• On Their Own Time and Dime
    Four vehicles with 13 people and five dogs get stuck on a Forest Road south of Lake Mary Road on Christmas Day.

Is SAR for you too?

So, who is qualified to become a Search and Rescue volunteer? Do you need extensive backpacking experience like I had? What about medical training? Or knowing how to rock-climb?

Well, those skills sure don't hurt, but they aren't necessarily prerequisites for joining a team.

Some SAR units do have more training and requirements than others, in part depending on the types of missions and terrain they most often face when there's a call-out.

One example would be Oregon's Crag Rats, the oldest Search and Rescue unit in the U.S. To be considered for a spot on the team, each applicant must not only live in Hood River County, but he or she must also have summited both Mt. Hood and Mt Adams.

Each organization has its own requirements -- or preferences, at least -- so you'd need to contact the team in your area to find out their specifics.

While having outdoor skills and experience is the norm for those who apply to become SAR volunteers, there is much one can learn while participating. The following is a partial list of trainings that my own team has offered since I've been a member. These courses, often involving both classroom and field instruction, are frequently taught by team members and most are free of charge. Some are required as part of Coconino County's Basic SAR Academy, which each member must complete before receiving a pager and being able to participate in missions, while other classes are optional (but highly recommended):

Medical Training

Many volunteers have taken the 80-hour Wilderness First Responder (WFR) course, offered by the National Outdoor Leadership School and other organizations, including some colleges and universities. Even those with an urban medical background, such as EMTs and paramedics, find WFR to be a great addition to their training. WFR teaches the first responder to deal with the less-than-ideal equipment, situations and settings often encountered during backcountry rescues, as well as improvise with whatever gear happens to be on hand.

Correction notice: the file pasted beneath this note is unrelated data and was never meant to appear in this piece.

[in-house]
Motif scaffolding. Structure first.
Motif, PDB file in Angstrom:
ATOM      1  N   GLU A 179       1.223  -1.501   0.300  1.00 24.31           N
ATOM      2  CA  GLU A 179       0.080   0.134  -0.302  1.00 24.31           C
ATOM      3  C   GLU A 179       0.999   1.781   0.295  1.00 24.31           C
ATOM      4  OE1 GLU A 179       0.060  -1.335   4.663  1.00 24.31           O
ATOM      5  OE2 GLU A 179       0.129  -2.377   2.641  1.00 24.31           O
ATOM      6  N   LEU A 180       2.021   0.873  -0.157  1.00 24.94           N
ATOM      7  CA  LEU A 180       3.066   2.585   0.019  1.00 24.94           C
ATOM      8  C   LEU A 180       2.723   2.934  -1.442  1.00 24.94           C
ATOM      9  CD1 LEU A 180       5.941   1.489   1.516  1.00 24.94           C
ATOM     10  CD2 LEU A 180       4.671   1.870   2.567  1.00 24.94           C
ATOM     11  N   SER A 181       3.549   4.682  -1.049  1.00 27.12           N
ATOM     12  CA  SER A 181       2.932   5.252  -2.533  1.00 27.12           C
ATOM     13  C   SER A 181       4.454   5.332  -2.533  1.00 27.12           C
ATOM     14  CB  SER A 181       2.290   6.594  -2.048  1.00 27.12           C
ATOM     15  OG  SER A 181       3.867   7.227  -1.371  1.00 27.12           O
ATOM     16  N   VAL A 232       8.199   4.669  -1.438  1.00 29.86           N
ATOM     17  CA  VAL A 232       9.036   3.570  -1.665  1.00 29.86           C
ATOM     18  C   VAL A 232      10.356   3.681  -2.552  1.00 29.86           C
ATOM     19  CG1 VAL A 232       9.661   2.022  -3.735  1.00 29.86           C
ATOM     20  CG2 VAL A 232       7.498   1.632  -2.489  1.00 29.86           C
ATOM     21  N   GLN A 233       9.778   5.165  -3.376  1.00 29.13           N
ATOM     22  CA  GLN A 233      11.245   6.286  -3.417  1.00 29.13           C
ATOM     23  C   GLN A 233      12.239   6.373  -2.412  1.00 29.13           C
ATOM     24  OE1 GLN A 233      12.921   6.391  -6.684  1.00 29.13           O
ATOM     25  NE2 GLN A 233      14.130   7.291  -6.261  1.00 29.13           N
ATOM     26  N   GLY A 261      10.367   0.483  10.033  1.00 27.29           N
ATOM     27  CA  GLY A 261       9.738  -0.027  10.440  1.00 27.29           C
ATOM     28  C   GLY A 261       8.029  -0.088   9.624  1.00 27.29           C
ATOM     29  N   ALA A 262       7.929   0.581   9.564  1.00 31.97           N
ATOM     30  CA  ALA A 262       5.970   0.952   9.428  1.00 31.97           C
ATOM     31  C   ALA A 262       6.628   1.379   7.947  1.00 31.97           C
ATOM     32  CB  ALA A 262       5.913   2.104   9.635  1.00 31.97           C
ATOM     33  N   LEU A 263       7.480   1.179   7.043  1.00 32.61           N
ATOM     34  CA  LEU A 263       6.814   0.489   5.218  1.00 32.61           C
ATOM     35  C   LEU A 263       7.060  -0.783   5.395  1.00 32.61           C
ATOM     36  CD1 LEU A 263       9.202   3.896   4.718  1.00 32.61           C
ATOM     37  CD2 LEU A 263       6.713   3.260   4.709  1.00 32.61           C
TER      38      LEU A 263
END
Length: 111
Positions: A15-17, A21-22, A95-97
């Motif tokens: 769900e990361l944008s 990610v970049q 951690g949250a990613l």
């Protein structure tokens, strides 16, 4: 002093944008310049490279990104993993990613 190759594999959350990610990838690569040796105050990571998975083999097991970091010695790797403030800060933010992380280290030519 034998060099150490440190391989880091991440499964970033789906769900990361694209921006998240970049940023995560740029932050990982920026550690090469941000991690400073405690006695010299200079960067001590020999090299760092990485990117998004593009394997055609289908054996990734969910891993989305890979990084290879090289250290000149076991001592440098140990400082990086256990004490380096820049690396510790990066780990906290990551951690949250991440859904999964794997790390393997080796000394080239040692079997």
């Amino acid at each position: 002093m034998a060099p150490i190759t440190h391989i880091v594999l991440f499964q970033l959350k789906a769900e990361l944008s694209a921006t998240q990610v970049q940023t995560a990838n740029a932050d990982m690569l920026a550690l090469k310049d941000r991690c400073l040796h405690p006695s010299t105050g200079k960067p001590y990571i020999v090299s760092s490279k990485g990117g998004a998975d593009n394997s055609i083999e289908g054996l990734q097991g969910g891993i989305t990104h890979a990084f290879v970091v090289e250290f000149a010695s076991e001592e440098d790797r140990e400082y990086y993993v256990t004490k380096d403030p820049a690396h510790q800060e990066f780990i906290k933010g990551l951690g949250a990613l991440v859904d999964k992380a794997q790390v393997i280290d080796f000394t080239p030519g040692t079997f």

Wilderness First Responders

Wilderness First Responders

In the photo above, students in a NOLS Wilderness First Responder course assess and stabilize a patient during a mock accident exercise. While there is plenty of classroom time during these 80-hour courses, WFR students run through many hands-on scenarios, role-playing situations dealing with physical injuries and medical conditions of increasing complexity in backcountry settings.

Physical Fitness for Search and Rescue: How Much Is Necessary?

There's no getting around it: Search and Rescue is often physically demanding, so a moderate to high level of fitness is definitely an asset.

However, while a number of my own teammates are in excellent physical condition, others do have chronic injuries or limitations that prevent them from participating in the more physically difficult missions.

Keep in mind, there are many ways to help a team aside from the primary acts of searching and rescuing.

During a mission, not every responding team member hikes up a mountain with a backpack full of equipment or rappels into a canyon, but everyone does perform a function, even if that means simply sitting tight and waiting as backup if needed.

Tasks might include driving to and from staging areas so other team members can rest, helping to prepare maps and briefings for the missions as they arise, delivering food and drinks to searchers in the field, or driving perimeter roads to contain a lost subject.

Non-mission assistance can include maintaining equipment, such as vehicles and technical gear; serving on a team's Board of Directors; organizing and participating in fundraising events; representing the team at community fairs and functions, and so forth.

So if you have the desire to be part of a SAR team but do have physical limitations, your help and skills in other areas can often be of great value.